Google’s new wellness feature called ‘Focus Mode’ wants to help users avoid the scourge of distracting push notifications. 

Focus Mode, now available for users with Android 10 or Android Pie, allows users to take advantage of several tools that encourage them to engage in healthier habits with their mobile device.

Among them is an app-timer that limits the amount of time one can spend on any given app and a ‘wind-down’ mode that helps set a schedule for putting one’s phone down before bed.

One of Focus’ key capabilities, however, is the ability to pause apps en masse that may distract them.  


Users on Android 10 or Pie can now upon up Focus and choose the most distracting apps they wish to ‘pause.’ Once paused, users won’t be distracted by incoming alerts.

Focus can be turned on through the device settings menu by selecting ‘Digital Wellbeing & parental controls’ and then navigating to ‘Focus mode.’

Once there, users can manually select the apps they wish to control with the feature which allows them to customize Focus Mode based on their preference.

For example, someone looking to use Focus Mode to unplug from work can list career-related apps like Gmail and Slack and then toggle them off in one fell swoop when they check out.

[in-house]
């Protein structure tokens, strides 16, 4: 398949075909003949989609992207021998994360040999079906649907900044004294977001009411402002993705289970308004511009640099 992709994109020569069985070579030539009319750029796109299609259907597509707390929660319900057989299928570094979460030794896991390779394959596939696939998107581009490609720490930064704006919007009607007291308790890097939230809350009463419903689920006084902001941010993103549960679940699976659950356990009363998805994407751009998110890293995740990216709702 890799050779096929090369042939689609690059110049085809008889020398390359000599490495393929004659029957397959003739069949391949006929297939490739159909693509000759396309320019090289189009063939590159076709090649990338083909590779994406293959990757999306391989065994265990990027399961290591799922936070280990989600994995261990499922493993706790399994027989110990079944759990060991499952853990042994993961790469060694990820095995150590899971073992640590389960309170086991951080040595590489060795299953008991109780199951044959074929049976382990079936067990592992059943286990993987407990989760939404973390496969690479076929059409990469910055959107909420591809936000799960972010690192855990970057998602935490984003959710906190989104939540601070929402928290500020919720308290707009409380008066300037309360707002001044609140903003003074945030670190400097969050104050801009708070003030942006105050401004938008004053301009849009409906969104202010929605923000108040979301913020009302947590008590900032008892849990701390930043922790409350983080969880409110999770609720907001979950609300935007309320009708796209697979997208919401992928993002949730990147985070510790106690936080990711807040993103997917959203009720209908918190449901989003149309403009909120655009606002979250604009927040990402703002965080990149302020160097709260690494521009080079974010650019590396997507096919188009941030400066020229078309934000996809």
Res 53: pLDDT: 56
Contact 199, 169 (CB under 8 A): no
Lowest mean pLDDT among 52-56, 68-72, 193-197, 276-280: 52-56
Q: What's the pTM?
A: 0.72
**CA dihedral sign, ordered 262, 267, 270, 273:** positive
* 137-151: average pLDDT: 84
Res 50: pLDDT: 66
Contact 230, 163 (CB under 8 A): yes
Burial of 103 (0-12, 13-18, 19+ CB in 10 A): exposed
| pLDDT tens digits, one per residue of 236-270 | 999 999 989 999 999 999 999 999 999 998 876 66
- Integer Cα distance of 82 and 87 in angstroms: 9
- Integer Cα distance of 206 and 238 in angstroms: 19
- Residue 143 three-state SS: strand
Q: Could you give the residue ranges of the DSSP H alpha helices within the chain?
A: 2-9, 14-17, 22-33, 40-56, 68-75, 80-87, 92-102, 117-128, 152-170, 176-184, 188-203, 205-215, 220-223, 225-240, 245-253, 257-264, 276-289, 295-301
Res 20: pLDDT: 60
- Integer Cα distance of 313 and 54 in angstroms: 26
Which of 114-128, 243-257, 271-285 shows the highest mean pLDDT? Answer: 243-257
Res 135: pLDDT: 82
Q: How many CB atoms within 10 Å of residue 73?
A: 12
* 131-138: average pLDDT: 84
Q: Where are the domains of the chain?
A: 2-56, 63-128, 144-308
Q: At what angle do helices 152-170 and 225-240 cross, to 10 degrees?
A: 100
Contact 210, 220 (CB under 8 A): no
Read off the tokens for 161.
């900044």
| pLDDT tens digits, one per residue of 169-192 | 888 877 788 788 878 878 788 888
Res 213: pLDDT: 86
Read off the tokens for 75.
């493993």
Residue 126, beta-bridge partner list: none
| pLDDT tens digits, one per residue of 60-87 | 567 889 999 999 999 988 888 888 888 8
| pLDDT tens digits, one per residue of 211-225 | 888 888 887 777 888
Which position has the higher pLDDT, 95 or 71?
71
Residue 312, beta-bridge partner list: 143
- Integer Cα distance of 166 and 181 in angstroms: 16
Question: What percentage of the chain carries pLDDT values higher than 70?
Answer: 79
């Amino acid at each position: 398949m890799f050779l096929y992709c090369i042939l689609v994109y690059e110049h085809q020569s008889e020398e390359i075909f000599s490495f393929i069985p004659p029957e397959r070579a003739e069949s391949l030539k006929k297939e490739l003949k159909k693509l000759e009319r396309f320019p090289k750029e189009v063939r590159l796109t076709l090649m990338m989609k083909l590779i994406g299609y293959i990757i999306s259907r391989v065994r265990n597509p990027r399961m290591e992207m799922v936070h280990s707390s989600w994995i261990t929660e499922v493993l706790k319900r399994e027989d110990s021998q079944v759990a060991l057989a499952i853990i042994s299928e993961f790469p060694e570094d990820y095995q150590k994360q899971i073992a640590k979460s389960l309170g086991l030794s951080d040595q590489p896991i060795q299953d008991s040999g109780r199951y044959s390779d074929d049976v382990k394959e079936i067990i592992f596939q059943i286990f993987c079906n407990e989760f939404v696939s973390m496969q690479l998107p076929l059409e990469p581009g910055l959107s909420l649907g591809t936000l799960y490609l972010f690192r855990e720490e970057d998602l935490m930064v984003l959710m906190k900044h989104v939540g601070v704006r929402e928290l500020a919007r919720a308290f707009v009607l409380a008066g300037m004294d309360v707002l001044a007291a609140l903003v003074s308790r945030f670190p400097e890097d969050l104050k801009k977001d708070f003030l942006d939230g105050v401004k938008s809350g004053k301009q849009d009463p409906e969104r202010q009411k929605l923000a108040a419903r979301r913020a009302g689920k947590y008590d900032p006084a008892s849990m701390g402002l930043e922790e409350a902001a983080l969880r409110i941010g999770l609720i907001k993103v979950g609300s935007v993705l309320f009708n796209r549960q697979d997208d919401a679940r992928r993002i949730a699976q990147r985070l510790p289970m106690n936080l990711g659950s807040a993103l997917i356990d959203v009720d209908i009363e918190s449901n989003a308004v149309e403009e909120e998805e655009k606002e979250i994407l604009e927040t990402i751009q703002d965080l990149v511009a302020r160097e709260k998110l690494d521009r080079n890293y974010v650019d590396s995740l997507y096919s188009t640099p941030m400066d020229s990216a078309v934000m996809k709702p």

Even more granular time and date features allow users to automatically switch Focus Mode on and off at certain hours and days of the week so they don’t have to always manually engage the feature. 

Unlike other digital well-being apps, Focus Mode doesn’t completely lock users out of apps, meaning it still requires some degree of willpower from anyone using it.

After a beta period, Android has even opted to include a feature that allows users to to take a break from the mode for predetermined periods of time – between 5 and 30 minutes.


Ultimately, tools like Focus Mode and other other app-limiting features may help to better users’ mental health, especially that of younger users.

Overuse of social media in particular has been linked through multiple studies to an increase in anxiety and depression in teens. 

-Daily Mail